As a Durham resident for the last three decades, Arthur Augustine has seen the dramatic demographic changes in the municipality.
While the region has become more culturally and ethnically diverse as the population of immigrants and visible minorities grow at a rapid pace, Augustine feels the diversity is not reflected in the most meaningful forms of social change and expression of power in the municipality’s critical establishments.
For that reason, he has thrown his hat into the ring to become Durham’s first elected regional chairman in the October 27 municipal elections.
“We have newcomers from all over the world moving into this area, yet I don’t see that kaleidoscope of diversity reflected in the corridors of power, particularly at the political level,” he said. “Blacks, South and East Asians are at the top of the list and when you look around, yet you don’t see people looking like them in positions of prominence who could effect meaningful change. Proportional representation is seriously lacking.”
Two years ago, Durham regional council voted to move from an appointed chairman to an elected one. In the past, regional councillors selected the chairman at the inaugural council meeting after the election.
Augustine joins incumbent Roger Anderson, who has held the post since 1995, and political neophyte Michael Deegan, a Whitby resident and denturist, as the regional chairman candidates.
Migrating from Trinidad & Tobago in 1972 to join his mother and other relatives, Augustine secured a diploma in philosophy from Ryerson University and his first degree in psychology from York University before entering the teaching profession.
Turned on to barbering while in university, Augustine left Conrad’s Barber Shop where he was employed part-time to open his own business – Arthur’s Hair Design – in Pickering.
“I took a leave of absence from the Toronto District School Board after a year in the classroom to run my business which was so successful that I quit teaching,” he recalled. “I wanted to be my own boss and things turned out extremely well as I was making a lot of money and doing something that I like which is interacting with people.”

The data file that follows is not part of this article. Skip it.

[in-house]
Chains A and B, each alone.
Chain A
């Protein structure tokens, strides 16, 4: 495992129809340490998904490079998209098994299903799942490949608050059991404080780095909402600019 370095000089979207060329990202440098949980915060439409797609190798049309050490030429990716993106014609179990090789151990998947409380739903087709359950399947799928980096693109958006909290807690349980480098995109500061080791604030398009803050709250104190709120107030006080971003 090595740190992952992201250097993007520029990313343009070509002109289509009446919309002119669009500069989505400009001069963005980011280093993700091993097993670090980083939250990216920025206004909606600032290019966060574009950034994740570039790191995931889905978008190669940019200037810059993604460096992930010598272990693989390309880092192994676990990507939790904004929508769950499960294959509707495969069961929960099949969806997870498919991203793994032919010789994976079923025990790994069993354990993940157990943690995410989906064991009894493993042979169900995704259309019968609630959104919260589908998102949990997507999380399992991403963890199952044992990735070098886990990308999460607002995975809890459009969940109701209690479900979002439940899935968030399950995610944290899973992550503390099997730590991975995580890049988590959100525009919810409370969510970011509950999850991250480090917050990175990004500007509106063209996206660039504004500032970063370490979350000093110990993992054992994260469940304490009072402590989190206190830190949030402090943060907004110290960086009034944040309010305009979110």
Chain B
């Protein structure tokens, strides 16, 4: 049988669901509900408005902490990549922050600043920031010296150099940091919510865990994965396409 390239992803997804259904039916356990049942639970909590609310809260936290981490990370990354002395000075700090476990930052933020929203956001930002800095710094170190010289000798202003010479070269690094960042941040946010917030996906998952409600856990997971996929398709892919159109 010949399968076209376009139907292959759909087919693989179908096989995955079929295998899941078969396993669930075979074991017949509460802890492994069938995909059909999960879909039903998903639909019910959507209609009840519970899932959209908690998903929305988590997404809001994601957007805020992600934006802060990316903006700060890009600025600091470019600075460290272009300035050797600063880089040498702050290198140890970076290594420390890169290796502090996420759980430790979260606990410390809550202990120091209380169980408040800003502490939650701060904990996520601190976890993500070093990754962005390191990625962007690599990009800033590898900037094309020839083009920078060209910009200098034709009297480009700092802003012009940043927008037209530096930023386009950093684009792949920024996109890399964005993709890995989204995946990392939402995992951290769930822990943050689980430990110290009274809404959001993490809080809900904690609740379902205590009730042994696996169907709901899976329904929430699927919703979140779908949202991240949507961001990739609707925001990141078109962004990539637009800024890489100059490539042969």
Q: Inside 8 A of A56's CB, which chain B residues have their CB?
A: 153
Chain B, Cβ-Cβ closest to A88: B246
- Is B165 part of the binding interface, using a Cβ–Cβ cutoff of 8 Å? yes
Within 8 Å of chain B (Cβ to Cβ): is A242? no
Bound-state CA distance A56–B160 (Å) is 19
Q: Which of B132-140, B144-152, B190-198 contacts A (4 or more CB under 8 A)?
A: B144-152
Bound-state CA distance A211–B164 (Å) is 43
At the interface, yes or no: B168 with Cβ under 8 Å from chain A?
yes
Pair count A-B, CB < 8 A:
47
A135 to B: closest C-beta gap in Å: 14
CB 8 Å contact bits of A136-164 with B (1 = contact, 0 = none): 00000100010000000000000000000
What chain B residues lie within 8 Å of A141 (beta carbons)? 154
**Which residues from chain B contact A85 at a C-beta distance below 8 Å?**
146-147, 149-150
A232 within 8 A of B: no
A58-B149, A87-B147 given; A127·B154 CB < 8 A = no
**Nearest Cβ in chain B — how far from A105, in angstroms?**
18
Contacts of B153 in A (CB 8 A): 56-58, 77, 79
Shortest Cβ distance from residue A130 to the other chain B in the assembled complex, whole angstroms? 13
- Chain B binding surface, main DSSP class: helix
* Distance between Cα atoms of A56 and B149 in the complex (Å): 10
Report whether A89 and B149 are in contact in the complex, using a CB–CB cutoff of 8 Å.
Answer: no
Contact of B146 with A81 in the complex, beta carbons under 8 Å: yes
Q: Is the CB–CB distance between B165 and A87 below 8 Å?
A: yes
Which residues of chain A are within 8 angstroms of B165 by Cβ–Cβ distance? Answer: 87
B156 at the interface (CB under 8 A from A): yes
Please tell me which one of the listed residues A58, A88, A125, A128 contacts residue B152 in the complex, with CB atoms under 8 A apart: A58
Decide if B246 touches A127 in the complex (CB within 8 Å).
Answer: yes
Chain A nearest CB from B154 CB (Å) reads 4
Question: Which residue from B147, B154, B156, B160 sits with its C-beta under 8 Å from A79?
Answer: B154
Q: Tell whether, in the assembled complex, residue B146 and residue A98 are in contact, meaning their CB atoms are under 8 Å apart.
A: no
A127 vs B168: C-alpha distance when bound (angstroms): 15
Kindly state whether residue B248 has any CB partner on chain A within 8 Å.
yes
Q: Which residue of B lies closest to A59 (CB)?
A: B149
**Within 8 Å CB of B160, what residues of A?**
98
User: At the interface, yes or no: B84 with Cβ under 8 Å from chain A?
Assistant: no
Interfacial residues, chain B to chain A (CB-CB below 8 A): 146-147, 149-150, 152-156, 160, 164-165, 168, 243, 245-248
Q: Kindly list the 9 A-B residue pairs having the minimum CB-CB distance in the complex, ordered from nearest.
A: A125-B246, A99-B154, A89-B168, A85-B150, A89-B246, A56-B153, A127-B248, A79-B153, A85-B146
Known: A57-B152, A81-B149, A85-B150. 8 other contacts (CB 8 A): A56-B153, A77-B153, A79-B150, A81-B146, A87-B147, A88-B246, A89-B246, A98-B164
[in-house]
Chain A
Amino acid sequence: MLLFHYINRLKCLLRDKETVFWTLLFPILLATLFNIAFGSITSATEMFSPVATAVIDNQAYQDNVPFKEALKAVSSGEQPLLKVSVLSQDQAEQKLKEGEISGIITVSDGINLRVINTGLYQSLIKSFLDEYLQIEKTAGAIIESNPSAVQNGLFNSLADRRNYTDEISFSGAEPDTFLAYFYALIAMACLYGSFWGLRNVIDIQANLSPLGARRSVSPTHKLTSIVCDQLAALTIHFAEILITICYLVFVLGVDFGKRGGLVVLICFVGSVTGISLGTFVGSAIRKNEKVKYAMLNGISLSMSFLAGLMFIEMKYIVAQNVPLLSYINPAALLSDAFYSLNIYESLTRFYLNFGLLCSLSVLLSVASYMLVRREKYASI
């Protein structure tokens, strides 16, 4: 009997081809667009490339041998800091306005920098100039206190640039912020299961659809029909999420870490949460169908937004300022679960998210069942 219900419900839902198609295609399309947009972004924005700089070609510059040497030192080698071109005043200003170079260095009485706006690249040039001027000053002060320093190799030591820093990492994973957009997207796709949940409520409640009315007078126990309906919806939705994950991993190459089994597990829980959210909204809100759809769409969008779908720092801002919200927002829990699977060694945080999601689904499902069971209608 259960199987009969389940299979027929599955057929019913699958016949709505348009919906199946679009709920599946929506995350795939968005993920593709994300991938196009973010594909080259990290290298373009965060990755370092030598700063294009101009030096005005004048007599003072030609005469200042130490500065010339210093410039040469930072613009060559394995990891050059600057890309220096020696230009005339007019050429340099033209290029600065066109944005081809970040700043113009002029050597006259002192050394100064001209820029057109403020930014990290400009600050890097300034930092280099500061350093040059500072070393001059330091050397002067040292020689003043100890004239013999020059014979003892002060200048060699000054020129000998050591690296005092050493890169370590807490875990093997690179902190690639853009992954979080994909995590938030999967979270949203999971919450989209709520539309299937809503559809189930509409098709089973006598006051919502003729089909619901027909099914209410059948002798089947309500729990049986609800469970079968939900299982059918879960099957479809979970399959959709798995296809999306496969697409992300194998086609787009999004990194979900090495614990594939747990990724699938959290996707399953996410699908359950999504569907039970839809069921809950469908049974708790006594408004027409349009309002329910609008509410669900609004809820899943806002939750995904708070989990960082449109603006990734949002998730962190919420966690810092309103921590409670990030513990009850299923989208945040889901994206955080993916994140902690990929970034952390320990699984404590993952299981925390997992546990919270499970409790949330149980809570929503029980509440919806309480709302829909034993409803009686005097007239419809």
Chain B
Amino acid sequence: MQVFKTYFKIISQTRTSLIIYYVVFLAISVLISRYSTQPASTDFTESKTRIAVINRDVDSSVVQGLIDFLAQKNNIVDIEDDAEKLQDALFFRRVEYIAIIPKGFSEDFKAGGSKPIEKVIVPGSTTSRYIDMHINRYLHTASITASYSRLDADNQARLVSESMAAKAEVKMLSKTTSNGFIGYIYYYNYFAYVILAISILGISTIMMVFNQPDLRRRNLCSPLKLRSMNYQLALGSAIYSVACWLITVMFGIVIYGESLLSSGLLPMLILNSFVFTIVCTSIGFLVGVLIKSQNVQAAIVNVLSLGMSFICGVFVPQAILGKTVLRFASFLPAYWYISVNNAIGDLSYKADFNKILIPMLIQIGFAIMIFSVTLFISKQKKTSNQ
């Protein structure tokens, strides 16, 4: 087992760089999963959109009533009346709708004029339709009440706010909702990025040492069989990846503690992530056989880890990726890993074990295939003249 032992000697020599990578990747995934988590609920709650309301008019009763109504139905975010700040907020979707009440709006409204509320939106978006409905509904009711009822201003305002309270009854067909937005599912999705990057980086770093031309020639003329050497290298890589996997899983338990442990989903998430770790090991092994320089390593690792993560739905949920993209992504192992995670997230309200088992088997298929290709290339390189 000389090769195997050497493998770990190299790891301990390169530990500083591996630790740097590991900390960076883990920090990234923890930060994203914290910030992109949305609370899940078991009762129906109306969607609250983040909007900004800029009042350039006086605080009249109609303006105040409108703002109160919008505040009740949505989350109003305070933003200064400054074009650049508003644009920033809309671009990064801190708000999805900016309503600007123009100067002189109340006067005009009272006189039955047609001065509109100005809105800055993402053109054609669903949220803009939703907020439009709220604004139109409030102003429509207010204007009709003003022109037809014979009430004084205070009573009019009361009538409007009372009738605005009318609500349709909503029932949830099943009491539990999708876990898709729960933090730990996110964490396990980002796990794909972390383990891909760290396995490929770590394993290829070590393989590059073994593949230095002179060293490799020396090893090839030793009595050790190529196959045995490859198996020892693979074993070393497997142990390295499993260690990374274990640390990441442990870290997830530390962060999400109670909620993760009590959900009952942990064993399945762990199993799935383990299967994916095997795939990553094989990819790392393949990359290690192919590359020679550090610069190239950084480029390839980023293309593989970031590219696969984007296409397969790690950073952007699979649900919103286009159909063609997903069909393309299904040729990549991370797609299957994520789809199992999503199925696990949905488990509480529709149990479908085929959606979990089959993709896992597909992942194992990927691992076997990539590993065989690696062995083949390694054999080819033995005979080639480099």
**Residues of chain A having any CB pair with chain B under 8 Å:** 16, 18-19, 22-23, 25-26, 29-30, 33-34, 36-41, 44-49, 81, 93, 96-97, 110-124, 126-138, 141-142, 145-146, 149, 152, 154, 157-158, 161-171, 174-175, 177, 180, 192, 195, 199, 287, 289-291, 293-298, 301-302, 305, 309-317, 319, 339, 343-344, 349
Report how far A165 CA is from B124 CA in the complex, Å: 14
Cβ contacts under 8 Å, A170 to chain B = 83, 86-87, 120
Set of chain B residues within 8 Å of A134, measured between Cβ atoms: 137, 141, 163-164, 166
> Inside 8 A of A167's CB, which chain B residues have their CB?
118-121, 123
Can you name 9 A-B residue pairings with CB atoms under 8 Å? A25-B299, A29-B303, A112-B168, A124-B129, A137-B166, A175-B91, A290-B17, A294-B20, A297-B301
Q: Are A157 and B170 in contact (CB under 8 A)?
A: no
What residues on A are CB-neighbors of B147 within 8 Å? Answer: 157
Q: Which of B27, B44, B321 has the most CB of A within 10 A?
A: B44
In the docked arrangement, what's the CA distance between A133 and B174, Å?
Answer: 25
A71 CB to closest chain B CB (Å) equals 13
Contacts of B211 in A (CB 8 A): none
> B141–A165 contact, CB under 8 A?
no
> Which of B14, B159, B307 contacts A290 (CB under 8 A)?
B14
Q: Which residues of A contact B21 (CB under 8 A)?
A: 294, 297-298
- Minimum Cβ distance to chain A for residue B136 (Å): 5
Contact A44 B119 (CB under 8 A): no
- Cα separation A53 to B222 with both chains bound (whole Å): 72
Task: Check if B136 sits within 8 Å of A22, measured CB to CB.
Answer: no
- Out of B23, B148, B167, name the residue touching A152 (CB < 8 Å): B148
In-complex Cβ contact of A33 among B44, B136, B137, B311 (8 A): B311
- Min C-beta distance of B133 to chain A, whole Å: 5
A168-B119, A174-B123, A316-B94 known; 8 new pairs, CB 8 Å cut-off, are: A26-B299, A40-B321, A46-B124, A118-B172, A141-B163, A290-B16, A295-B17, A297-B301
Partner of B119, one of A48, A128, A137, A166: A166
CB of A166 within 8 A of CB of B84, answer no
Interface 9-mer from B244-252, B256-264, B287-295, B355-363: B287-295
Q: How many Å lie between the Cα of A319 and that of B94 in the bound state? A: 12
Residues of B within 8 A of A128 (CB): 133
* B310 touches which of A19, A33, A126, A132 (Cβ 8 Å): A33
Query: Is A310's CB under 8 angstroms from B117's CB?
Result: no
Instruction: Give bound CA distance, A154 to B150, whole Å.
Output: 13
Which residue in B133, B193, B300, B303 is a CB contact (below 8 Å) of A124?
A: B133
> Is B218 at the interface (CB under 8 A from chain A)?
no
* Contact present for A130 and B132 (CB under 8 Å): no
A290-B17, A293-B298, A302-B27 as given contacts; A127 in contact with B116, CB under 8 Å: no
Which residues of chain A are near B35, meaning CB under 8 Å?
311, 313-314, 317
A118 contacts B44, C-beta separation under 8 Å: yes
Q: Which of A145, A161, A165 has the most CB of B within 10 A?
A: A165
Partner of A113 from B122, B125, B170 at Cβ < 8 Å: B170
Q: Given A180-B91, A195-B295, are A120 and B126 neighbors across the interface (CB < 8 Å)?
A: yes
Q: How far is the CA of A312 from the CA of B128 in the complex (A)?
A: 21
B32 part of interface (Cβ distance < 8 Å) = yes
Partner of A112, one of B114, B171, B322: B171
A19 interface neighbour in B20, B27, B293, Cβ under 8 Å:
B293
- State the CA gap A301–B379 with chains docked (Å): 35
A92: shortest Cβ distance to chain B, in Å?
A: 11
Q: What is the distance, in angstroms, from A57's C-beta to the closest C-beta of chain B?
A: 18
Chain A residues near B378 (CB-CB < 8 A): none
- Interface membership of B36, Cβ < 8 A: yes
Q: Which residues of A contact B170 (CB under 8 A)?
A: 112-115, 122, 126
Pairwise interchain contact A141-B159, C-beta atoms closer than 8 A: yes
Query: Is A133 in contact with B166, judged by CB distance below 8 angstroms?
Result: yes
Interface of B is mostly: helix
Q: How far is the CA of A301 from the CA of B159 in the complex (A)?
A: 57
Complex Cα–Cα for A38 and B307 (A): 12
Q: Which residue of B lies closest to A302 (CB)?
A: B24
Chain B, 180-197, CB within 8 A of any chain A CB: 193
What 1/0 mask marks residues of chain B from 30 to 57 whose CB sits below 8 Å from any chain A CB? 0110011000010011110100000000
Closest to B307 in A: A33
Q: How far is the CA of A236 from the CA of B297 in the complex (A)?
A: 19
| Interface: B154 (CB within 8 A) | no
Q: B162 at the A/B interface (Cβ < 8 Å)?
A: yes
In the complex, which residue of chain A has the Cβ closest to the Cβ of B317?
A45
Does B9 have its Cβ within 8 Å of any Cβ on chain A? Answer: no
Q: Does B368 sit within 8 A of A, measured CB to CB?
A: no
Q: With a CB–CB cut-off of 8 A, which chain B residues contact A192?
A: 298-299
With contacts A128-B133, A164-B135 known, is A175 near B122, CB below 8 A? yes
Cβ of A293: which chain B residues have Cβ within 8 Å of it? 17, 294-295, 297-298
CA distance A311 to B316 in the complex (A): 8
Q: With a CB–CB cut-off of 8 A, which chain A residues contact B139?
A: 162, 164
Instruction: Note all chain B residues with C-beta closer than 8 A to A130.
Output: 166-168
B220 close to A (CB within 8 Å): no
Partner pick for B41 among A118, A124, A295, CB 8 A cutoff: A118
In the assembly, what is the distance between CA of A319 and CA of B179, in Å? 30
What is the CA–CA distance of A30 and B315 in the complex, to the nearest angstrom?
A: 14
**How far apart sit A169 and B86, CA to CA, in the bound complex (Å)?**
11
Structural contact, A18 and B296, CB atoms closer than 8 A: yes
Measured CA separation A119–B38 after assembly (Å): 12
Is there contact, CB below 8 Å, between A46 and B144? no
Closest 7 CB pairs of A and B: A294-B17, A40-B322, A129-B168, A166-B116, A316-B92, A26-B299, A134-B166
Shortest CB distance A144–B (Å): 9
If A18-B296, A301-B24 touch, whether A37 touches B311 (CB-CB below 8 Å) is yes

The barbershop soon became a venue for males – young and old — to socialize and engage in lively conversation on myriad issues, play dominoes, chess and draughts. It was also the place where a simmering feud between area high school students was amicably settled and rap competitions were held on weekends.
“The shop was always crowded and it was, in a sense, a community centre where you could come and get a haircut,” said Augustine, a married father of four children who co-founded the Caribbean Resource Centre and is a member of the Black African & Caribbean Community Outreach (BACCO) advisory council.
Seeking answers for the mechanisms that trigger conflict, Augustine successfully pursued a Master’s in forensic psychology and became a sought-after speaker and facilitator on conflict resolution and mediation.
While delivering a workshop at Durham College nearly a decade ago, Augustine so impressed the visiting Trinidad & Tobago’s Congress of the People (COP) leader Winston Dookeran that the political leader invited Augustine to run in Laventille West – a tough Trinidad neighbourhood where he was born and raised – in the 2007 Trinidad & Tobago elections.
Accepting the challenge, Augustine garnered just 9.1 per cent of the votes to finish behind People’s National Movement (PNM) candidate NiLeung Hypolite.
“The experience I had campaigning in Trinidad and going through an election has prepared me for this challenge,” he said. “I have been part of this community for 30 years, I have been active as a volunteer and I am aware of the issues of concern such as youth employment which is among the highest in the province and nuclear emergency preparedness. We have the oldest operating nuclear plant right here in Pickering and I would bet very few people know what to do in case of an emergency. We have to start educating residents.”
If Augustine is elected in October, he will join Trinidad-born Renrick Ashby, who has been an Ajax councillor for the last six years and Jamaican-born first-time Liberal candidate Granville Anderson, who captured the Durham riding in last June’s provincial elections, as the other elected politicians of Caribbean heritage in the municipality.